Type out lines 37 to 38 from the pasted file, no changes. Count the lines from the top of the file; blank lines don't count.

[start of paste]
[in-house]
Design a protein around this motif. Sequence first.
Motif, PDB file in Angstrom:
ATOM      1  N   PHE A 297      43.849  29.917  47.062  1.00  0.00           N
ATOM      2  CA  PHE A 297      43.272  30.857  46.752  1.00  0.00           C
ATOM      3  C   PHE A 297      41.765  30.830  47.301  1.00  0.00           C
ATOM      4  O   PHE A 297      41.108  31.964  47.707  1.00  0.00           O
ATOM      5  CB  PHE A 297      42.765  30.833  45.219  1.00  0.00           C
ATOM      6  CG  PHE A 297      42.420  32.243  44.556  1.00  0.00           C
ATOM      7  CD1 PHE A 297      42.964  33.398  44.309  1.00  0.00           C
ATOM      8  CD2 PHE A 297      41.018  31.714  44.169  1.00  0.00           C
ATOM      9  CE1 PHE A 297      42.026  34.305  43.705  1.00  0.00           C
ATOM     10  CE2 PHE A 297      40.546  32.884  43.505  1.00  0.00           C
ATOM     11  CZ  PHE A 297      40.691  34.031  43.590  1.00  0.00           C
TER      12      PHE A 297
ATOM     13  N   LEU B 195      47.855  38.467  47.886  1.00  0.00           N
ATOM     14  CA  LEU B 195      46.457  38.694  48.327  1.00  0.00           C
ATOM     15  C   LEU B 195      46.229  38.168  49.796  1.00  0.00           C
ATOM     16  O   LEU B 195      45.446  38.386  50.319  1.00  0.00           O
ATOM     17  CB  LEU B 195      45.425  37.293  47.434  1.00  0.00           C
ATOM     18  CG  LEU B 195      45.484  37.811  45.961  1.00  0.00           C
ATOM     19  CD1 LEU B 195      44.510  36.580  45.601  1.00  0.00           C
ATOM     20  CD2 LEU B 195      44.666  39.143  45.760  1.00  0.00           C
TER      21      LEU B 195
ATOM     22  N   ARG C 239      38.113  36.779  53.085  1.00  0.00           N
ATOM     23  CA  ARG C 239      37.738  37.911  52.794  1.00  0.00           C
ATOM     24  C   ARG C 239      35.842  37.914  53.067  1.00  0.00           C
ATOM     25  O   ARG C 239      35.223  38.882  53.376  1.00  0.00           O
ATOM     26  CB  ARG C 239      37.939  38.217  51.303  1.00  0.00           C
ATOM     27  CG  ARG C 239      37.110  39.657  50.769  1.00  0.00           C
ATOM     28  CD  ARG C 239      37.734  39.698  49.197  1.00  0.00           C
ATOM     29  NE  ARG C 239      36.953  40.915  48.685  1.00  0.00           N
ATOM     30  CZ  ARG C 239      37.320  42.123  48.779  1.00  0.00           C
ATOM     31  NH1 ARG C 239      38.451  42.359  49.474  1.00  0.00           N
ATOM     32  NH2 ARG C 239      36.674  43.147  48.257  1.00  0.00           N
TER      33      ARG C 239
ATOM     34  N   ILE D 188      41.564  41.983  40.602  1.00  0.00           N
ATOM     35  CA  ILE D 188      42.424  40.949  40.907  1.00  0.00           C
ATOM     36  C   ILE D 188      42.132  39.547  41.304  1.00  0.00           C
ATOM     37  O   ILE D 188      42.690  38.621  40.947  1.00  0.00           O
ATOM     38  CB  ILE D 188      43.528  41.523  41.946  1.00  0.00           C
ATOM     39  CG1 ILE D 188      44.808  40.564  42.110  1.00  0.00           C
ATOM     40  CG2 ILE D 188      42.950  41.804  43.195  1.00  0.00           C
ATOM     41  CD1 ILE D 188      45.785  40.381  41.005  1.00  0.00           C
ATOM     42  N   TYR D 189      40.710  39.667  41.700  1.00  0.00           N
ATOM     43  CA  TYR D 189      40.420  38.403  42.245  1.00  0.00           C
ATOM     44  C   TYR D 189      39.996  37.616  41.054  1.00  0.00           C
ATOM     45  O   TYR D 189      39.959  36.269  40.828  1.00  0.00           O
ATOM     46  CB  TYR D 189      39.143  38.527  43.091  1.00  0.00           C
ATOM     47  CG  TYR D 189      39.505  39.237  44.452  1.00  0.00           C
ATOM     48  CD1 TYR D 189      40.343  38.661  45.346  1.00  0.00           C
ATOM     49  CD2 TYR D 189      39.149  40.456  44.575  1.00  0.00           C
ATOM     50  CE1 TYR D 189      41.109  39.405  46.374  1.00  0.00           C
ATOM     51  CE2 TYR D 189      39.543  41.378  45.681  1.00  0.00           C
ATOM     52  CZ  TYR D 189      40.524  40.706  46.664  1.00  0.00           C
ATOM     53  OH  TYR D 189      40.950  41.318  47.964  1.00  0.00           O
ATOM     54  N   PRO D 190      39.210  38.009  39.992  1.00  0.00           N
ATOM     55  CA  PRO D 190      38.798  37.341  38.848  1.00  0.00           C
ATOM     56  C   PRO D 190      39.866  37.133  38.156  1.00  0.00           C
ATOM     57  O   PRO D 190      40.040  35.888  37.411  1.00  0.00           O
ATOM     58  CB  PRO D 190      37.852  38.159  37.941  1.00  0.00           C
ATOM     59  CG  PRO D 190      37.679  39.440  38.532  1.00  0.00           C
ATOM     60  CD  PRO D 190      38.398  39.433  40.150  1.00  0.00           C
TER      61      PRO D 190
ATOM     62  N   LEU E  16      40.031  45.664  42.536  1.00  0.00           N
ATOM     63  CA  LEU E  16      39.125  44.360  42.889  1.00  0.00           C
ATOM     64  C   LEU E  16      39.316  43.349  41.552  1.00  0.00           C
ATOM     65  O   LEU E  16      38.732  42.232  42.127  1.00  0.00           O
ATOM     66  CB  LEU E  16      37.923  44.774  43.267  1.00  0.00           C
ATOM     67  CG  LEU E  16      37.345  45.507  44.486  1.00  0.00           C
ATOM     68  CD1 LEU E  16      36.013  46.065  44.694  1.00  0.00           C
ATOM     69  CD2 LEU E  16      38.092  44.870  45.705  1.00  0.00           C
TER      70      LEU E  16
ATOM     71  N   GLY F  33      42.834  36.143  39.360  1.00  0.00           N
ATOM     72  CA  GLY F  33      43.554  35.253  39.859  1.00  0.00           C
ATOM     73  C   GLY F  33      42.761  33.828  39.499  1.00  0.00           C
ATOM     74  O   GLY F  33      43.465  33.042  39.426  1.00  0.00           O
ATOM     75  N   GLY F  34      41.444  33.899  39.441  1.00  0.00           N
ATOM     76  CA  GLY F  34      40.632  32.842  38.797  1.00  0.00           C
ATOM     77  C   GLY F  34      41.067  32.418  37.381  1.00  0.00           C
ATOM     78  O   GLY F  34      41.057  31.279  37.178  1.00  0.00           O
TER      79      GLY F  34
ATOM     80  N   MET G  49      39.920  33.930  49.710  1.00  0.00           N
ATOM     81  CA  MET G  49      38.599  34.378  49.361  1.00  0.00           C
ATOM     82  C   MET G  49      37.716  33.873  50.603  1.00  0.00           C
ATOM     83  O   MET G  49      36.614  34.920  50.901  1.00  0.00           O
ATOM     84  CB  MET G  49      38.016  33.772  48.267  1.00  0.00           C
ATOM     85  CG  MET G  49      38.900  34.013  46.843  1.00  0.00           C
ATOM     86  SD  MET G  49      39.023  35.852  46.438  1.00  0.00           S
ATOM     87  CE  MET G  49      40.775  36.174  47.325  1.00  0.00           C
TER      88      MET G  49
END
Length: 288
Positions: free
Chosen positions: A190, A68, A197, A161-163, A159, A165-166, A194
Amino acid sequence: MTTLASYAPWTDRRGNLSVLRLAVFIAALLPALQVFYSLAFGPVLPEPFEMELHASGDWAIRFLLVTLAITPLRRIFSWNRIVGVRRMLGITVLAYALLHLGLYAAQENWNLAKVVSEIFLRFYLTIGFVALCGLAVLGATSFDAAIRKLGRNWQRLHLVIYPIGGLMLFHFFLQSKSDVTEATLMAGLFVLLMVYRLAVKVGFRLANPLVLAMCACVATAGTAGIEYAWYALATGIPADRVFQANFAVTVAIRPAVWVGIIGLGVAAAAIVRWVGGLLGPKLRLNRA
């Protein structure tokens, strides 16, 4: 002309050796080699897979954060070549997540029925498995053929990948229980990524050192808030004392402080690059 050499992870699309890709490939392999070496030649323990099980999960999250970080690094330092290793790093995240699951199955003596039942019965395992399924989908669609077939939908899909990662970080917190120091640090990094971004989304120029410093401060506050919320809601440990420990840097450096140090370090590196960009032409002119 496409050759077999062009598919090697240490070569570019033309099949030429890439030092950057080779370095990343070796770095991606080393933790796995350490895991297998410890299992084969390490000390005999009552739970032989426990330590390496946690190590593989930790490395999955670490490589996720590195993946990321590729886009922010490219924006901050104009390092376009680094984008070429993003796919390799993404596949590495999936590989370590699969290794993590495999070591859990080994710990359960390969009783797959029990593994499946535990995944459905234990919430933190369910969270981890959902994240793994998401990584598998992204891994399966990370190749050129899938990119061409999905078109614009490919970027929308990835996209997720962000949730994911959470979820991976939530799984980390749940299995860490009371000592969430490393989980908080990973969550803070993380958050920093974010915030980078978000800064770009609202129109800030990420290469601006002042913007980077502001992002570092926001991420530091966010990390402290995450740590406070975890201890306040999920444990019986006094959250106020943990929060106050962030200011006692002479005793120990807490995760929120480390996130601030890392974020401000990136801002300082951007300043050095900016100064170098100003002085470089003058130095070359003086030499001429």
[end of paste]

ATOM     34  N   ILE D 188      41.564  41.983  40.602  1.00  0.00           N
ATOM     35  CA  ILE D 188      42.424  40.949  40.907  1.00  0.00           C